Baihao Yinzhen (simplified Chinese: 白毫银针; traditional Chinese: 白毫銀針), also known as White Hair Silver Needle, is a white tea produced in Fujian Province in China. Amongst white teas, this is the most prized, as only top buds (leaf shoots) are used to produce the tea. The flavor is exceptionally clean and pure, with honeysuckle notes.
White Tea: Prevent Cancer, Arthritis, and Fight Aging
(From sciencedaily.com)Researchers from Kingston University teamed up with Neal’s Yard Remedies to test the health properties of 21 plant and herb extracts. They discovered all of the plants tested had some potential benefits, but were intrigued to find white tea considerably outperformed all of them.
Professor Declan Naughton, from the School of Life Sciences at Kingston University in South West London, said the research showed white tea had anti-ageing potential and high levels of anti-oxidants which could prevent cancer and heart disease. “We’ve carried out tests to identify plant extracts that protected the structural proteins of the skin, specifically elastin and collagen,” he explained. “Elastin supports the body’s natural elasticity which helps lungs, arteries, ligaments and skin to function. It also helps body tissue to repair when you suffer wounds and stops skin from sagging.” Collagen is a protein found in connective tissues in the body and is important for skin, strength and elasticity, he added.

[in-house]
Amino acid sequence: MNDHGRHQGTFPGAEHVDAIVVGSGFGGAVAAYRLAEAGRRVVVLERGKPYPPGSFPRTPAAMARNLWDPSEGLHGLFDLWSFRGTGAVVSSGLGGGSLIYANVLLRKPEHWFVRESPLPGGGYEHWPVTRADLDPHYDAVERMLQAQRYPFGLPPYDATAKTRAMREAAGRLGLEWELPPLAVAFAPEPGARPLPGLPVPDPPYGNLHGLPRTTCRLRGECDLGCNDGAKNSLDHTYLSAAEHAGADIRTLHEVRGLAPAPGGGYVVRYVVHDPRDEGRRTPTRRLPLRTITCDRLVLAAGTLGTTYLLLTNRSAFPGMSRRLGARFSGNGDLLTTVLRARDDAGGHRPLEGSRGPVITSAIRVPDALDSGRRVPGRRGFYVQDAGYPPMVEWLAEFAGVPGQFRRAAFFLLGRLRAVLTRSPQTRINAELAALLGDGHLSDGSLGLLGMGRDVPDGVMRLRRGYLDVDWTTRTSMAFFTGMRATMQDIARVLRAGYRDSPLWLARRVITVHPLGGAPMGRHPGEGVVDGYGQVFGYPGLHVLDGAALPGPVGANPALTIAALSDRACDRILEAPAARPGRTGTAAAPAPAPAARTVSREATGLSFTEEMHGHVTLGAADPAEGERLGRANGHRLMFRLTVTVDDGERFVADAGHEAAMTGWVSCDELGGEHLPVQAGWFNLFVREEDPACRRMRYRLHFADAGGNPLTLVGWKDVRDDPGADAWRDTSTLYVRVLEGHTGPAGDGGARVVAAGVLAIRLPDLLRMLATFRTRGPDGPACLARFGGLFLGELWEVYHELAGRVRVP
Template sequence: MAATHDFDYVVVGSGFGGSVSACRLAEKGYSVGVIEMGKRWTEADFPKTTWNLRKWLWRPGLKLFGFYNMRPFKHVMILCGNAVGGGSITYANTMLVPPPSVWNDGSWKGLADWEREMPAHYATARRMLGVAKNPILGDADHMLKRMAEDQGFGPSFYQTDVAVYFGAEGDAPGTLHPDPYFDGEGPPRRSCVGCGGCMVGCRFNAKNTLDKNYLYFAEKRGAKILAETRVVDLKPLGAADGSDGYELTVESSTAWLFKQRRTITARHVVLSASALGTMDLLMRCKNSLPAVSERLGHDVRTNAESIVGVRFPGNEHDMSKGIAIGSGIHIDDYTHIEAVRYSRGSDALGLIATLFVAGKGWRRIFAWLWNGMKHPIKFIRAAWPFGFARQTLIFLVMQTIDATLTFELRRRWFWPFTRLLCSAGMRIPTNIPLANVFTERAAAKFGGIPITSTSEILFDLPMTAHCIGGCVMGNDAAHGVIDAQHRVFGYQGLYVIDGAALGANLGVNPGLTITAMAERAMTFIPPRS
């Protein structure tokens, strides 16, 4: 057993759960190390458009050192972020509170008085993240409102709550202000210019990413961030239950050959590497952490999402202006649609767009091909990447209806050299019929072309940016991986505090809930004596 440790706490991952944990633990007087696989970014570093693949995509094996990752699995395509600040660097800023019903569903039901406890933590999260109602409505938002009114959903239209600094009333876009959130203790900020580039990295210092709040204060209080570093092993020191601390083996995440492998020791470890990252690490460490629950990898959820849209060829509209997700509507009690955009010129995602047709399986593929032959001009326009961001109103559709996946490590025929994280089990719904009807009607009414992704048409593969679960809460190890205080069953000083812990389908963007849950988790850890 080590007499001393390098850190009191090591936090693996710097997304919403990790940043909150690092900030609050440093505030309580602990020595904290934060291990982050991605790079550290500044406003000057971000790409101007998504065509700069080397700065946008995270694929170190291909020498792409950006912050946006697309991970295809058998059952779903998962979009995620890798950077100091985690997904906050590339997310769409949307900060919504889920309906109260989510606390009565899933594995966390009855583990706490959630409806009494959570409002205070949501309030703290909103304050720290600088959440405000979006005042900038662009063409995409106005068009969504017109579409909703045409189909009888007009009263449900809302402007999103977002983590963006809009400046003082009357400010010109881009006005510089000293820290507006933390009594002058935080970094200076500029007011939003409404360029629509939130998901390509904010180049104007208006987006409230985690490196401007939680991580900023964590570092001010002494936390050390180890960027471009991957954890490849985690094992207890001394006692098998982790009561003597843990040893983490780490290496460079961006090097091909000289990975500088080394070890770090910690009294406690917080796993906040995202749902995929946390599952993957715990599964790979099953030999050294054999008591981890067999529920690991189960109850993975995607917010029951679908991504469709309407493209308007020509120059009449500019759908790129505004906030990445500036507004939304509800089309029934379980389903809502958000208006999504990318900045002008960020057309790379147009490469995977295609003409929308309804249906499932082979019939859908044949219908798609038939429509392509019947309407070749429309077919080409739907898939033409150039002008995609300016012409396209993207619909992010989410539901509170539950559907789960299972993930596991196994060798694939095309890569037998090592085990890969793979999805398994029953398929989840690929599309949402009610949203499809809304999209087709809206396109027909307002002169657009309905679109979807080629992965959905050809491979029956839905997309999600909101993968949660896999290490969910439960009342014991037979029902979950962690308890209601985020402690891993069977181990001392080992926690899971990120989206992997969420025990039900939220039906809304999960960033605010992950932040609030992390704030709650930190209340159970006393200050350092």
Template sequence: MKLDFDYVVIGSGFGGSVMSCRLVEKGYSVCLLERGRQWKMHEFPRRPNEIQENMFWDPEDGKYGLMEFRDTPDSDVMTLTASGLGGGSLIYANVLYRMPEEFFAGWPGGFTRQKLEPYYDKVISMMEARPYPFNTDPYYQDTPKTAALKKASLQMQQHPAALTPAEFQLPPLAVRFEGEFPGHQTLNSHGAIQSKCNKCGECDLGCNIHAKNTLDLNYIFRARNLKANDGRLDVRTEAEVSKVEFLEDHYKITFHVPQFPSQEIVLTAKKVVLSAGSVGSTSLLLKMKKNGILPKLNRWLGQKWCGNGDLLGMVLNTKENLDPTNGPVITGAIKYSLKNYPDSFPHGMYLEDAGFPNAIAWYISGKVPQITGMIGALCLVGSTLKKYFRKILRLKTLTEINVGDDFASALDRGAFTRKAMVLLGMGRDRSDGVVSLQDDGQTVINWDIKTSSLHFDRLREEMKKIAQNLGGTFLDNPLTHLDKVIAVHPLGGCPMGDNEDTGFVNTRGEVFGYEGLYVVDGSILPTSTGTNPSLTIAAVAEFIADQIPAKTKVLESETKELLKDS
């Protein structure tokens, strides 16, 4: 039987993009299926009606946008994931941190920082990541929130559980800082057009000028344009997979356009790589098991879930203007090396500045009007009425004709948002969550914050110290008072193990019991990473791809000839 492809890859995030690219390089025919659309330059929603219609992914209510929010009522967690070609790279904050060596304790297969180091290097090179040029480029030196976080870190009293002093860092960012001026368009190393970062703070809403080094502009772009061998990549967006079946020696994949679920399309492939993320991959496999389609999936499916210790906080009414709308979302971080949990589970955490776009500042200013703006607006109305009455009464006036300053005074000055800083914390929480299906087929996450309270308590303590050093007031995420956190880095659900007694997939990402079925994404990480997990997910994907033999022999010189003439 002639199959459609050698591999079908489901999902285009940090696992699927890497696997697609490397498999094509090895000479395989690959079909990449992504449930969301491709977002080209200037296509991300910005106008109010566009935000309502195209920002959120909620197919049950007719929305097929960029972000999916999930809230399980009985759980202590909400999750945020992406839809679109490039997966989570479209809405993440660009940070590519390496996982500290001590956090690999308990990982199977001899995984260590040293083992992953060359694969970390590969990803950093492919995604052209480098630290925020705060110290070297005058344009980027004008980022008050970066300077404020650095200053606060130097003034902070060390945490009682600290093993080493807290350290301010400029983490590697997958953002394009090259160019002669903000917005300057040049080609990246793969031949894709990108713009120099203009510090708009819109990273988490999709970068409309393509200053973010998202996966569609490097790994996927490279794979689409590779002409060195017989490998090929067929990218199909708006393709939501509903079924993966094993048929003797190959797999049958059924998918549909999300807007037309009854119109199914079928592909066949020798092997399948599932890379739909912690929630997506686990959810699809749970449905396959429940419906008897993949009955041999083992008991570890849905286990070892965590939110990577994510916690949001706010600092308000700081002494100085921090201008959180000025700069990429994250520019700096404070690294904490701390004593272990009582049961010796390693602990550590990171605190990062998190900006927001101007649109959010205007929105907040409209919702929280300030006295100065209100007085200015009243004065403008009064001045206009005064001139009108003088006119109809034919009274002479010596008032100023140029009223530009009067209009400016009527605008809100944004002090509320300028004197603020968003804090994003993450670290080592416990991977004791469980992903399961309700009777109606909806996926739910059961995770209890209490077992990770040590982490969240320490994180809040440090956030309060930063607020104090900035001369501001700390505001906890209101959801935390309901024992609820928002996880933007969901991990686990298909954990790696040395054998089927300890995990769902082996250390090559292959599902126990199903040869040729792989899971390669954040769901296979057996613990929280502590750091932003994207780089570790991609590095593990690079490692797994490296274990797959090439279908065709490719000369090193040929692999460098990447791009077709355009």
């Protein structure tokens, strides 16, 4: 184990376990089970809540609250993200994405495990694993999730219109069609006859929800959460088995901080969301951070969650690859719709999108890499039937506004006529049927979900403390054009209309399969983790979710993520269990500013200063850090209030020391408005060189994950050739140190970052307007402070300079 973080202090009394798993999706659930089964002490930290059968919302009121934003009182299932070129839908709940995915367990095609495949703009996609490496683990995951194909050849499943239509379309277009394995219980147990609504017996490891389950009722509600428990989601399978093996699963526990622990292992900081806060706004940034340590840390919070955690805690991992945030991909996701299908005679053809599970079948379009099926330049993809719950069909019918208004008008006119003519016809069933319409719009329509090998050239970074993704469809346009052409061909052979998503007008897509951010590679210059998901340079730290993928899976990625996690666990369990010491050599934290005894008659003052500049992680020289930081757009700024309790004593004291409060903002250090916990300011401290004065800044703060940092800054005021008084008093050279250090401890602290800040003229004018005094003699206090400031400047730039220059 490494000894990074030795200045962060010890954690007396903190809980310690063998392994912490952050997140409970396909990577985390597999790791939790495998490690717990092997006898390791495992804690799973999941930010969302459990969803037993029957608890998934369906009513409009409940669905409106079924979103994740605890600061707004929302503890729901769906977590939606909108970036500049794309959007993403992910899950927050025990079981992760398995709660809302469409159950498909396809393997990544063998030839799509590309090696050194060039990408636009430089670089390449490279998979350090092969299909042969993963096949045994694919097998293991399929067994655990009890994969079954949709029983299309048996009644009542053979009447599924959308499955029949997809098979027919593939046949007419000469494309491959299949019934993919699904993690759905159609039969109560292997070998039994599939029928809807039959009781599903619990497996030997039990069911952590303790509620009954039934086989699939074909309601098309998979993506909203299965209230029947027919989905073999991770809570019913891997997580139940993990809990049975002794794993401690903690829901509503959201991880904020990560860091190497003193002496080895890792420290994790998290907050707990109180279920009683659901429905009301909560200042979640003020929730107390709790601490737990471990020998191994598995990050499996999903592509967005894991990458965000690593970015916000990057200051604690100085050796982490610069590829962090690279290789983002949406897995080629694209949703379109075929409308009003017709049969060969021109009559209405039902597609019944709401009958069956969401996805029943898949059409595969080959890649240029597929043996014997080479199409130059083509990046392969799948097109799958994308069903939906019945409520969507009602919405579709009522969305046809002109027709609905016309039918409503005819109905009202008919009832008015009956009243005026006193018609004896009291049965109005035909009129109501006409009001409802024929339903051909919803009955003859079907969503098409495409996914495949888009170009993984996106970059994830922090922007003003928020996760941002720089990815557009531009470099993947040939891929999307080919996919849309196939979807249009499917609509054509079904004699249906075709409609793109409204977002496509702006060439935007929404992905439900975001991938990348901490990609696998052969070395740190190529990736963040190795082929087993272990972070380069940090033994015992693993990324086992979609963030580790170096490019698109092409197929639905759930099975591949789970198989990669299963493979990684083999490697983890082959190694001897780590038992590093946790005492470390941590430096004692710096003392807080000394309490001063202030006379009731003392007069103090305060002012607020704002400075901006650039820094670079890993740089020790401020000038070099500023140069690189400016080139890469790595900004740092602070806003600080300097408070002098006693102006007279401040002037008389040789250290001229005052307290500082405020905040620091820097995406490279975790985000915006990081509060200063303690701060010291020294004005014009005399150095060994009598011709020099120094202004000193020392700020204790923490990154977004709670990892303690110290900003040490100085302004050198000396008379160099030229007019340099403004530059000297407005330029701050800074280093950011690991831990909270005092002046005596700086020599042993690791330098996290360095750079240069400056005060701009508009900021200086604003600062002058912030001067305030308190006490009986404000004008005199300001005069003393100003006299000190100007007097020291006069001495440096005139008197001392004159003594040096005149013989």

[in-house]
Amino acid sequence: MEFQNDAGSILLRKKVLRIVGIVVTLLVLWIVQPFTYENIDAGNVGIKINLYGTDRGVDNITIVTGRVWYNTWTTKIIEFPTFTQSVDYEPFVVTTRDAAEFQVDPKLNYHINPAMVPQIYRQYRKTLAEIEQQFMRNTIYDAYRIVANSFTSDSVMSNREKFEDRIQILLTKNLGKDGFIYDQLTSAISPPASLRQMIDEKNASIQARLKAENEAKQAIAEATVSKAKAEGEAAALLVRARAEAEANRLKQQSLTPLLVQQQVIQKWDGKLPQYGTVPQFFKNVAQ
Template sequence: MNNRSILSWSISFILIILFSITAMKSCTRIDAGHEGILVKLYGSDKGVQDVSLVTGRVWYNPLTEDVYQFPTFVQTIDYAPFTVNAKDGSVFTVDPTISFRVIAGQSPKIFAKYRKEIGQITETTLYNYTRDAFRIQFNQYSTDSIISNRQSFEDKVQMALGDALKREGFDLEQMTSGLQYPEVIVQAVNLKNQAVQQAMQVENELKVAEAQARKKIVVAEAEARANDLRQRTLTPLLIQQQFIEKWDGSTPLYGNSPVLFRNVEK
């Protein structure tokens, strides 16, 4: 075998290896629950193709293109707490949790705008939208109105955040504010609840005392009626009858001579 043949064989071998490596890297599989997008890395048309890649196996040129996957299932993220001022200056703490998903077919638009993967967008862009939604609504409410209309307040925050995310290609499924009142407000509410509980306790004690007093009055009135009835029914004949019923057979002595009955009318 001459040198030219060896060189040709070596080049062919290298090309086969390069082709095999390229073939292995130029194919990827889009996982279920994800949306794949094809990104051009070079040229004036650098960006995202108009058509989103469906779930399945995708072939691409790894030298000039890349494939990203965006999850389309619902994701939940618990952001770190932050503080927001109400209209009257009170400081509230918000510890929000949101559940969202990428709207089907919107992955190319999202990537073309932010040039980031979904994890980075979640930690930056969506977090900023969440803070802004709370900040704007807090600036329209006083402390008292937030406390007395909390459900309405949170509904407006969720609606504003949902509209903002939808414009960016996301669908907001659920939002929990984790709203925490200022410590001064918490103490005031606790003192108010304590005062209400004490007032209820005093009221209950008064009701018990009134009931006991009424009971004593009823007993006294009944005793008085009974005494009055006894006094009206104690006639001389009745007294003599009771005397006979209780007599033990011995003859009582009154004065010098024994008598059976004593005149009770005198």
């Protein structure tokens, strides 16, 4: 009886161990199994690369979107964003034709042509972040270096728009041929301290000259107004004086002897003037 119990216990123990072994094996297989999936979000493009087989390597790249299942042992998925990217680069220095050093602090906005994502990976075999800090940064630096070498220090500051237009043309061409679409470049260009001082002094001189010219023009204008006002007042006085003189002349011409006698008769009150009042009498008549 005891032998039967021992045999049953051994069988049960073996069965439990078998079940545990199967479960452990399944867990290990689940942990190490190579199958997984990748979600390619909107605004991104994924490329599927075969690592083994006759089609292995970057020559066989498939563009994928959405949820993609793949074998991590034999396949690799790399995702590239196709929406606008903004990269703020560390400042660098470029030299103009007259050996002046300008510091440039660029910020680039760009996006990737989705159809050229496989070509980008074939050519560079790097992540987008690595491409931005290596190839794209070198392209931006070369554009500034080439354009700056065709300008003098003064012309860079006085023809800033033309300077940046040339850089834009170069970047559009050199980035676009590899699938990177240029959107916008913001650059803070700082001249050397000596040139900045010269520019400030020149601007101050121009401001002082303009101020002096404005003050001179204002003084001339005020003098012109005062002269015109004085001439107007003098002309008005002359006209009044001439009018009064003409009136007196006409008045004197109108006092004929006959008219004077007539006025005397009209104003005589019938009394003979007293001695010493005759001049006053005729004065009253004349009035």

Results showed white tea prevented the activities of the enzymes which breakdown elastin and collagen which can lead to wrinkles that accompany ageing. These enzymes, along with oxidants, are associated with inflammatory diseases such as rheumatoid arthritis
Professor Naughton said: “These enzymes and oxidants are key components of normal body processes. However, in inflammatory conditions, suppressing the activities of these excess components has been the subject of decades of research. We were surprised to find such high activity for the white tea extracts in all five tests that were conducted.”
The researchers were blown away by exactly how well the white tea had performed. “We were testing very small amounts far less than you would find in a drink,” Professor Naughton, one of the country’s leading specialists on inflammation, said. “The early indicators are that white tea reduces the risk of inflammation which is characteristic of rheumatoid arthritis and some cancers as well as wrinkles.”
Eight of the other plants and herbs analysed also helped protect against the breakdown of both elastin and collagen. After white tea, bladderwrack performed well followed by extracts of cleavers, rose, green tea, angelica, anise and pomegranate.